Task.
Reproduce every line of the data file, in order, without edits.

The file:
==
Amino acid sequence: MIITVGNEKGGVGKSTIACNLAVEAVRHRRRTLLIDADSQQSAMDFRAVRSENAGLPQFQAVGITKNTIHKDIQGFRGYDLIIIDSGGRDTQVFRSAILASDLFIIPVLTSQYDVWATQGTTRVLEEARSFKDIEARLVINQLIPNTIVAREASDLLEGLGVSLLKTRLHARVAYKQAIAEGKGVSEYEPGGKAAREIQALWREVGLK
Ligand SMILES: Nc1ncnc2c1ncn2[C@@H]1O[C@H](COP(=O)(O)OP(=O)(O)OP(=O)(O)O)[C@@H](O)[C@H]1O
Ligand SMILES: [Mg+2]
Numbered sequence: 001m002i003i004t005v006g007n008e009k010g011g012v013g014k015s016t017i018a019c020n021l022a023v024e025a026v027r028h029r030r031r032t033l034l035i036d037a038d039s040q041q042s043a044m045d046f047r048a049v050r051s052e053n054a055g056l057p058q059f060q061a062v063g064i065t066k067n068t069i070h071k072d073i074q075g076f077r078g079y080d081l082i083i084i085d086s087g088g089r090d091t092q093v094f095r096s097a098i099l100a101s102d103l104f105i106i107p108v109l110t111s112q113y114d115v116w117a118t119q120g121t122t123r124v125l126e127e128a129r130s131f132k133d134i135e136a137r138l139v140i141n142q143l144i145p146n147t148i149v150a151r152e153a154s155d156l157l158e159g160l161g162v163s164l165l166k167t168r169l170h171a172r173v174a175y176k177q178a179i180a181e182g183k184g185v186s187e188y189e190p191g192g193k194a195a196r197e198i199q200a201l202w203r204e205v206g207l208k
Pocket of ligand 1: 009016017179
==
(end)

Amino acid sequence: MIITVGNEKGGVGKSTIACNLAVEAVRHRRRTLLIDADSQQSAMDFRAVRSENAGLPQFQAVGITKNTIHKDIQGFRGYDLIIIDSGGRDTQVFRSAILASDLFIIPVLTSQYDVWATQGTTRVLEEARSFKDIEARLVINQLIPNTIVAREASDLLEGLGVSLLKTRLHARVAYKQAIAEGKGVSEYEPGGKAAREIQALWREVGLK
Ligand SMILES: Nc1ncnc2c1ncn2[C@@H]1O[C@H](COP(=O)(O)OP(=O)(O)OP(=O)(O)O)[C@@H](O)[C@H]1O
Ligand SMILES: [Mg+2]
Numbered sequence: 001m002i003i004t005v006g007n008e009k010g011g012v013g014k015s016t017i018a019c020n021l022a023v024e025a026v027r028h029r030r031r032t033l034l035i036d037a038d039s040q041q042s043a044m045d046f047r048a049v050r051s052e053n054a055g056l057p058q059f060q061a062v063g064i065t066k067n068t069i070h071k072d073i074q075g076f077r078g079y080d081l082i083i084i085d086s087g088g089r090d091t092q093v094f095r096s097a098i099l100a101s102d103l104f105i106i107p108v109l110t111s112q113y114d115v116w117a118t119q120g121t122t123r124v125l126e127e128a129r130s131f132k133d134i135e136a137r138l139v140i141n142q143l144i145p146n147t148i149v150a151r152e153a154s155d156l157l158e159g160l161g162v163s164l165l166k167t168r169l170h171a172r173v174a175y176k177q178a179i180a181e182g183k184g185v186s187e188y189e190p191g192g193k194a195a196r197e198i199q200a201l202w203r204e205v206g207l208k
Pocket of ligand 1: 009016017179